Community Access to First Aid
When Farhad had excruciating abdominal pain his parents did not know what to do –
- Is this an emergency?
- Who can help us?
- How can we get help when we don’t speak English?
- What should we do to help him?
Recent studies show that 50% of the lower mainland population speaks a second language other than English at home.
In addition, newcomers to Canada are more vulnerable to accidents and injury than the more established populations because the hazards they encounter here are not the same as those in their country of origin.
They may also be caring for the very young or the very old and need these skills to cope in an emergency
Language barriers make it more difficult to access information, and in the case of accessing emergency services newcomers often do not know, or are not comfortable with using the 911 service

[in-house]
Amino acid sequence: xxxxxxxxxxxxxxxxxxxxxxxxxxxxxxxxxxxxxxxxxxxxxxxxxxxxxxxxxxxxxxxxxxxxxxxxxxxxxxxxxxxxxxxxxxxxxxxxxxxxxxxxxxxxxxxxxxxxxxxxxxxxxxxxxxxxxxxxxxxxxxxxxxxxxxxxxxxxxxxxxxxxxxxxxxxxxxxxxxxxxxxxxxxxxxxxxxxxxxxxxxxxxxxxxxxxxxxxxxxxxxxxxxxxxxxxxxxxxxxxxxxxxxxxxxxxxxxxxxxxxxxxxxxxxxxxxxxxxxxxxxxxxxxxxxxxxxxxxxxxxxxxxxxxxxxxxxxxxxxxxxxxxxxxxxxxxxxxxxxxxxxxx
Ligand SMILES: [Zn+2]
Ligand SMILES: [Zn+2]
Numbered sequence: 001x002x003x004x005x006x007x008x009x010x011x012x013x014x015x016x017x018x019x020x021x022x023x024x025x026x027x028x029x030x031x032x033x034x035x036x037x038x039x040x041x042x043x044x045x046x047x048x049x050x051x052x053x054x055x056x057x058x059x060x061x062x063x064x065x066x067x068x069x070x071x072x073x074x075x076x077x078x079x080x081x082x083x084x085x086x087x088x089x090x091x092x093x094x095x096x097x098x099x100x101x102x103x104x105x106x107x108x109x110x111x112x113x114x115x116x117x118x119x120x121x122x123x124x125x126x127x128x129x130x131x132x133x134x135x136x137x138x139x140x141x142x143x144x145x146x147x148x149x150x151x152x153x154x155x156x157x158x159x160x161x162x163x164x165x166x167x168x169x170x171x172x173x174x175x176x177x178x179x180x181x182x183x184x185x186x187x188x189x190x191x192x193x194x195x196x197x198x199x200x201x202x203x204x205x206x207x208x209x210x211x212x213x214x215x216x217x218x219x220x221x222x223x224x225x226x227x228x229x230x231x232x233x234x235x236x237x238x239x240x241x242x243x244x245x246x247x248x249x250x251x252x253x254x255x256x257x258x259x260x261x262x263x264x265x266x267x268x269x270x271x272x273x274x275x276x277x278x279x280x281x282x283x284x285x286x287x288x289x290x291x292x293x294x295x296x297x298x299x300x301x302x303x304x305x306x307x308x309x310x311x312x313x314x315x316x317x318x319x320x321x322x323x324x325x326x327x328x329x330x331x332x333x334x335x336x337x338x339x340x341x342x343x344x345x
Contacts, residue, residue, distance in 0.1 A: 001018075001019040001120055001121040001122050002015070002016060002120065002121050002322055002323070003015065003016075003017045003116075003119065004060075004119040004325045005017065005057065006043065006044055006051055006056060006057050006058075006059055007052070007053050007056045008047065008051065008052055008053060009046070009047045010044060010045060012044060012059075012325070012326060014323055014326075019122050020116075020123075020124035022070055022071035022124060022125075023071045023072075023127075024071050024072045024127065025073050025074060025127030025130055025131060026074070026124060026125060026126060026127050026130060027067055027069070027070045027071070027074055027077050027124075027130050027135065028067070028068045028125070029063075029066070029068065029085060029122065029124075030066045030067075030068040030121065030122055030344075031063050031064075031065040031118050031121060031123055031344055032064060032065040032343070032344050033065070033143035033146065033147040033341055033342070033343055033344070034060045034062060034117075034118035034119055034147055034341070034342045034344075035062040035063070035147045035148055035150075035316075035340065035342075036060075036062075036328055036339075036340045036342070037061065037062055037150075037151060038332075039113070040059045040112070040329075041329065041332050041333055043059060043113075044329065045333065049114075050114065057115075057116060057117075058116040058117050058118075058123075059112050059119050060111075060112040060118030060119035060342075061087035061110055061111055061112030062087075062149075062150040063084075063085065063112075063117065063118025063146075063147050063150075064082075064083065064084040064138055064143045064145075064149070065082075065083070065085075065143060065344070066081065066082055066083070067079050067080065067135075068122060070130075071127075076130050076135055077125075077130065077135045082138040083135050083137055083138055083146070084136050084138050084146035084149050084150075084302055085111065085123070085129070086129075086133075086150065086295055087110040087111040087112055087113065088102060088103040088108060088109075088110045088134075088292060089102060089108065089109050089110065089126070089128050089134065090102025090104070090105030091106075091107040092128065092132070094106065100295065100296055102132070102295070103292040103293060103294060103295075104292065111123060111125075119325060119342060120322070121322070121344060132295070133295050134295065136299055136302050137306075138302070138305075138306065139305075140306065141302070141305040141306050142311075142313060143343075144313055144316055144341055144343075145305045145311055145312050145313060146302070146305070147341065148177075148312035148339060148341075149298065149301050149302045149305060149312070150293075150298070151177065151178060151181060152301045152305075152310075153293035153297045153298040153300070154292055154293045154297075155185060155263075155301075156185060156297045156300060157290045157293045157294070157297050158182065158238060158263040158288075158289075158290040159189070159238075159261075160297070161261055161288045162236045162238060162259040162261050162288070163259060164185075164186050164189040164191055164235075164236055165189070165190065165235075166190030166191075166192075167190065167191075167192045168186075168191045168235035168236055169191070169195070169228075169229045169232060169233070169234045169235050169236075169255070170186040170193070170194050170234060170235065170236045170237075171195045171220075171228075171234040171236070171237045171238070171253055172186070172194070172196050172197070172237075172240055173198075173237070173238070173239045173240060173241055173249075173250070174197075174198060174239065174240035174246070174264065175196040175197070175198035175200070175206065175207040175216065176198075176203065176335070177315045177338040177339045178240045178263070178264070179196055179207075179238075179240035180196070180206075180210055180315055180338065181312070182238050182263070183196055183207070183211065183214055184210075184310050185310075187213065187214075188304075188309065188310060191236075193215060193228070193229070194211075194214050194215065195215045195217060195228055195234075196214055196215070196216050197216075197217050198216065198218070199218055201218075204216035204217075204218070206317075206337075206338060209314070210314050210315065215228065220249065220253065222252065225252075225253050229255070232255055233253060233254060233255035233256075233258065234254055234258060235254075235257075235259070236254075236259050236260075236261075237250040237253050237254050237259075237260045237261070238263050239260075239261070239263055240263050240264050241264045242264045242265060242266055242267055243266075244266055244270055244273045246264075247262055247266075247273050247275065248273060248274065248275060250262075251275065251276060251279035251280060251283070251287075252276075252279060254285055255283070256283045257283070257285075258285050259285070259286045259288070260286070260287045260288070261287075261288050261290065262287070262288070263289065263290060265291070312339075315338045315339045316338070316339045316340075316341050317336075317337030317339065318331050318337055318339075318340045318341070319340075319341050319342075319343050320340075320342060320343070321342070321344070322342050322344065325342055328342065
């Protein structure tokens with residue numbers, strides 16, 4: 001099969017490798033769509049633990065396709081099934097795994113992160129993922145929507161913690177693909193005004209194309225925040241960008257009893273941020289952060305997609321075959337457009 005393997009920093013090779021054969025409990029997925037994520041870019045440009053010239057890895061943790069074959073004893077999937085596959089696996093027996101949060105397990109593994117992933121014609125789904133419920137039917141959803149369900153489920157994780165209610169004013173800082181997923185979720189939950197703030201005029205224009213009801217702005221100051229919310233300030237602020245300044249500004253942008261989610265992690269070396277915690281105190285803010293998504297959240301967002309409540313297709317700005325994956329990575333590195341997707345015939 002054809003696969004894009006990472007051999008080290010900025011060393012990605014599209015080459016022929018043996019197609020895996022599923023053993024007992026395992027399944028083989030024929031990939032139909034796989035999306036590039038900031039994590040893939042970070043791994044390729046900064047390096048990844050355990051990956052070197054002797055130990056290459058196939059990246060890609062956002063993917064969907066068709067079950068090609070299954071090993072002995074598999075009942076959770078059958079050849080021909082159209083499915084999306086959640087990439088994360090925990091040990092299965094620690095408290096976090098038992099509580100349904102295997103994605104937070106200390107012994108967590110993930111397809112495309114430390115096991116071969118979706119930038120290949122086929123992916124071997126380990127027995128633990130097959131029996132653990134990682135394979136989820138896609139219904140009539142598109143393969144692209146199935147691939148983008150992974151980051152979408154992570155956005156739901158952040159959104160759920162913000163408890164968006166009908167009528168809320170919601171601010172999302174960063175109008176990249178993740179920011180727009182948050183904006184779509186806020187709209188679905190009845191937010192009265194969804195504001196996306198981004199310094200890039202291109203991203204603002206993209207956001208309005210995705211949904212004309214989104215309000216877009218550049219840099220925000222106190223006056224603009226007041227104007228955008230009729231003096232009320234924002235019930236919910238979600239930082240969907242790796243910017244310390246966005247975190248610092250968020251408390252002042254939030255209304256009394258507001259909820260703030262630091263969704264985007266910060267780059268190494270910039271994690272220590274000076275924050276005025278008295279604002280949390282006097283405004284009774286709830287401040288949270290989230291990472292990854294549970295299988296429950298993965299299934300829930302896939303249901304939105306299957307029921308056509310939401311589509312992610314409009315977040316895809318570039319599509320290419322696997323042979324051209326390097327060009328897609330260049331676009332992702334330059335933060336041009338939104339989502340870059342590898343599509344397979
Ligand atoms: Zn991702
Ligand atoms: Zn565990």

Education and training have been proven to reduce injuries and save lives by as much as 90%, but access to First Aid training in languages other than English has been minimal.
In 2009, over 140 SmartStart: Community Access to First Aid workshops were delivered in one of 18 languages to over 3,800 participants.
SmartStart Volunteer Makes a Difference in Costa Rica
Liz Moss, a Canadian Red Cross First Aid Instructor since 2006 who speaks fluently Spanish, recently took her skills to Costa Rica as part of a project to assist residents of San Gerardo de Rivas, a remote mountain community of 350 people in the south centre of the country. Full Story